Starring: Keifer Sutherland, Paula Patton, Cameron Boyce, Erica Gluck, Amy Smart, Josh Shrapnel and Jason Flemyng
Director: Alexandre Aja
Rating: Six of Ten Stars
A retired police officer (Sutherland) takes a job as the graveyard shift security guard in the burnt-out shell of a one-time upscape New York City department store, a structure that hides a number of dark secrets. He hasn't even finished his first shift before those secrets catch up with him by way of strange reflections in the mirrors at the building, his home, and everywhere he goes. He soon realizes that if he doesn't find the truth behind the events, everyone he loves will die.
"Mirrors" is another American (sort of... it was shot in mostly Romania and helmed by a French director) remake of a Korean spook-fest and this one is a little more successful than most. Although this is another tale of a curse/haunting that seems to spread like a bad case of herpes, the vector of transmission seems a little more reasonable than what we have in many other Asian horror films. For most of its running time it builds the tension nicely, as the haunting/curse gains strength and starts threatening and killing innocent people who the hero cares about to get him to do its bidding... and it's on track to being one of the better ghost movies of recent years.
But then it flies completely off the rails in the final act and transforms from a ghost movie into a third-rate monster movie that's more "Resident Evil" than "The Changeling" (or even "Puppet Master"). All the potential built up during the first 4/5th of the film is negated on an over-the-top ending and then tossed on the scrap-heap with a painfully predictable twist ending.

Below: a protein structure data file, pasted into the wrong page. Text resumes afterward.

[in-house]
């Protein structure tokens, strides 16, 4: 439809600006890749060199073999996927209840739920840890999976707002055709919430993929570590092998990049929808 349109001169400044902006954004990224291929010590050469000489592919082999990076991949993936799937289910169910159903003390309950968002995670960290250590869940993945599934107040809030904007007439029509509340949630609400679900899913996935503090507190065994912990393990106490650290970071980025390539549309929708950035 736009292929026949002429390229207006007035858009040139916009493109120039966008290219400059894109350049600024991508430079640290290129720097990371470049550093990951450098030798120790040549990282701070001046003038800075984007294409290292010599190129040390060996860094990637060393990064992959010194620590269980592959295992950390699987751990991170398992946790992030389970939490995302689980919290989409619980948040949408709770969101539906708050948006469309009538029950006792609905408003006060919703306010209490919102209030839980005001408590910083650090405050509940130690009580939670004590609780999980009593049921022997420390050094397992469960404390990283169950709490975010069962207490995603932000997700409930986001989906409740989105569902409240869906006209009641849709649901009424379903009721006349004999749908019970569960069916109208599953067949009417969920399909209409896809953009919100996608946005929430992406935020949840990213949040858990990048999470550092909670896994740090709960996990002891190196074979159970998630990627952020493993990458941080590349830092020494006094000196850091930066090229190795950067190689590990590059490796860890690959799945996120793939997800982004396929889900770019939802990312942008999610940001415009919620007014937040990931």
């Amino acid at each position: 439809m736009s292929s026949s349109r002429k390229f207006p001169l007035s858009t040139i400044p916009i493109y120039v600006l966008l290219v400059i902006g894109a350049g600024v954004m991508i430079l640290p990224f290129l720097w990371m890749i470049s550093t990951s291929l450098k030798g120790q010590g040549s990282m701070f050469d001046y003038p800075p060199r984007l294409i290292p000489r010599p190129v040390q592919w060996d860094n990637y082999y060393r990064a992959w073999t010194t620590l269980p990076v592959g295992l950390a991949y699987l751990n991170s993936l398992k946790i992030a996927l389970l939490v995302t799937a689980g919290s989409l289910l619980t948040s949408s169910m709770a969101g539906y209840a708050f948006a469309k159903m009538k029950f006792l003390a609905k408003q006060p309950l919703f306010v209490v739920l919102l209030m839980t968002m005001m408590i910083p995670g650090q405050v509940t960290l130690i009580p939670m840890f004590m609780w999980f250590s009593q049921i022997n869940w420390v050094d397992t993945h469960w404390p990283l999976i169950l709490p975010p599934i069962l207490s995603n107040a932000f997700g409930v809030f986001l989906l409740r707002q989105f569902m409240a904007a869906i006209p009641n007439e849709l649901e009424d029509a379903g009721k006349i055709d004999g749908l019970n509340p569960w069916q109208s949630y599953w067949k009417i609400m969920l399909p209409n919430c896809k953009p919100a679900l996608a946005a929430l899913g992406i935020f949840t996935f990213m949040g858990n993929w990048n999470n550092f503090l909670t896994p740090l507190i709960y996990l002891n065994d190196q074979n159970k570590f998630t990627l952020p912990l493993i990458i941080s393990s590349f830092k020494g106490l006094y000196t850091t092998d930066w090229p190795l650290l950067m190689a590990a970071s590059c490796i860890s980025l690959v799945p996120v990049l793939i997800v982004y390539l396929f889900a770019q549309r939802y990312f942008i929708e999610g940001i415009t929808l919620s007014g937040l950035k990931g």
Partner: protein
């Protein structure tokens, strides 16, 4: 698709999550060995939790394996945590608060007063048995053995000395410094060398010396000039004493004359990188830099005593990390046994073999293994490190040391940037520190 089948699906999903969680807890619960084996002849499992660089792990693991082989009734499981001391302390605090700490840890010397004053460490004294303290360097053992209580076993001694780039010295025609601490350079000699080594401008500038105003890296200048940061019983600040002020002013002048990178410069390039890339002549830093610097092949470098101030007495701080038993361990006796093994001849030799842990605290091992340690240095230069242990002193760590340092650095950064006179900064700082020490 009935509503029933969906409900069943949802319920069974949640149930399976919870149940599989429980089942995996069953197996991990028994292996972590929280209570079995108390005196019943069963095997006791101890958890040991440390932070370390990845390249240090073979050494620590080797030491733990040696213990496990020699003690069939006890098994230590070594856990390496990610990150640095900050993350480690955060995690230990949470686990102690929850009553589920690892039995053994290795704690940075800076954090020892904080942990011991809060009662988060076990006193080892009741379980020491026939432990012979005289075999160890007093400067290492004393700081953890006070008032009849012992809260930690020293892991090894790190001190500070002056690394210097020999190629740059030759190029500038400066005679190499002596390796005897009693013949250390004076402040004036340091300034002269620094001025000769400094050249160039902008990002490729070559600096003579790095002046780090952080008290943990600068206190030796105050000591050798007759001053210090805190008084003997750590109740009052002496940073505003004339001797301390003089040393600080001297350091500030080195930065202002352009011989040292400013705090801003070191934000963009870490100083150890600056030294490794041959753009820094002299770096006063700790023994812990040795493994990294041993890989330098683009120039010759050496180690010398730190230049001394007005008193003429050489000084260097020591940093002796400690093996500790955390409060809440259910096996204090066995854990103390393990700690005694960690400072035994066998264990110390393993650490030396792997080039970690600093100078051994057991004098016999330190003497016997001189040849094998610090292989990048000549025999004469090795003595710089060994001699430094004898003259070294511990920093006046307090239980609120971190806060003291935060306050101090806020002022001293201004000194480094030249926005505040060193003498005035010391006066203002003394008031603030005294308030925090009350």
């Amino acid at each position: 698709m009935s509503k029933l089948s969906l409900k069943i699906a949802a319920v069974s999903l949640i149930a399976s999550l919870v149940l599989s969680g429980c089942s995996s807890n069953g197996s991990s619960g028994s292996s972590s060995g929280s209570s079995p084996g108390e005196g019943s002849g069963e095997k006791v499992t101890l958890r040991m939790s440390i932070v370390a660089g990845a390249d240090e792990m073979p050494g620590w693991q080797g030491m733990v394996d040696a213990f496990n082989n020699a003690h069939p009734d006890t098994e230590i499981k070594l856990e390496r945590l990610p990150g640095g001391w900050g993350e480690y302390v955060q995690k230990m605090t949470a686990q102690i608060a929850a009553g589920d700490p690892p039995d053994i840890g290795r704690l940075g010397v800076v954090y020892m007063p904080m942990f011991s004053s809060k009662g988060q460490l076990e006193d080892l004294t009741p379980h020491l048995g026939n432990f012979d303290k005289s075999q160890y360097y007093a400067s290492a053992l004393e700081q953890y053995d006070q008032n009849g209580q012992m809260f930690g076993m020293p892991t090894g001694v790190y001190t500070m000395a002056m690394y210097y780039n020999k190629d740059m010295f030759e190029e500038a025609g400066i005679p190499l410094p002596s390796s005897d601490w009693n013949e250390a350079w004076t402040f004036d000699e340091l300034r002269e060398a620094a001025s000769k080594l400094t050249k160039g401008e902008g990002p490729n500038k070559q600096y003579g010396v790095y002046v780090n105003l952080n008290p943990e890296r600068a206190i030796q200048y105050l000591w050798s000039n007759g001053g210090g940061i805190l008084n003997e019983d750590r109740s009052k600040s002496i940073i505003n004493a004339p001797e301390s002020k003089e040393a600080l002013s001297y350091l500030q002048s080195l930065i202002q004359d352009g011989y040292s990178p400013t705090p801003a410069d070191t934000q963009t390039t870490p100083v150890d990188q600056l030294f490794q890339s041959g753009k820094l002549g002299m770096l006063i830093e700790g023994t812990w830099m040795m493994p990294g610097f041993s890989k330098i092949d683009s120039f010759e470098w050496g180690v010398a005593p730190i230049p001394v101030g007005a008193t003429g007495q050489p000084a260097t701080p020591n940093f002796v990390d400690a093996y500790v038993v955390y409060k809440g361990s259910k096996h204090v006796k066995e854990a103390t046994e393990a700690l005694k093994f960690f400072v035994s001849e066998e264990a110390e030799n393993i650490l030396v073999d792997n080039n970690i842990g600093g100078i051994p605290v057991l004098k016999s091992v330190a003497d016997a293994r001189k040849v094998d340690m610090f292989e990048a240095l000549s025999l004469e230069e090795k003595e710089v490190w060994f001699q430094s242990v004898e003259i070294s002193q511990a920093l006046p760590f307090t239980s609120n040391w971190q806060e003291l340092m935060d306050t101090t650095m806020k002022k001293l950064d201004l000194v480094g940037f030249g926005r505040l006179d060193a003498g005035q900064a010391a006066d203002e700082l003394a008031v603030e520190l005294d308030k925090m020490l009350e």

(When will these damn hacks learn that "surprise shock endings" aren't shocking anymore?! For God's sake, stop it! It's okay to end a movie when it's OVER! And if you feel the need to have a denoument, then how about giving us a real shocking surprise ending: End the movie with the monster vanquished and the hero uniting happily with his family!)
"Mirrors" is still a cut above most of what they pass off as horror films these days--it features a few truly surprising scares and a starteling gory death scene that will have even the most hardended gore-hound squirming in their seat, as well as strong performances by Keifer Sutherland as a man haunted both by his past and by his reflection in the mirror; by Paula Patton as his ex-wife; and by Cameron Boyce and Erica Gluck, a pair of more-talented-than-average child actors as their kids--but it has a terrible climax and ending that will almost ruin the whole thing for you.
(By the way, I think anyone who has ever worked night-shift security or who, after dark, has been the last one out of buildings or areas usually teeming with people will find this film scarier and easier to relate to than those who haven't been in situations like that. We know first first hand the creepiness of the open, shadow-filled spaces the film tries to convey, and we know how the imagination can run away if not kept carefully guarded.)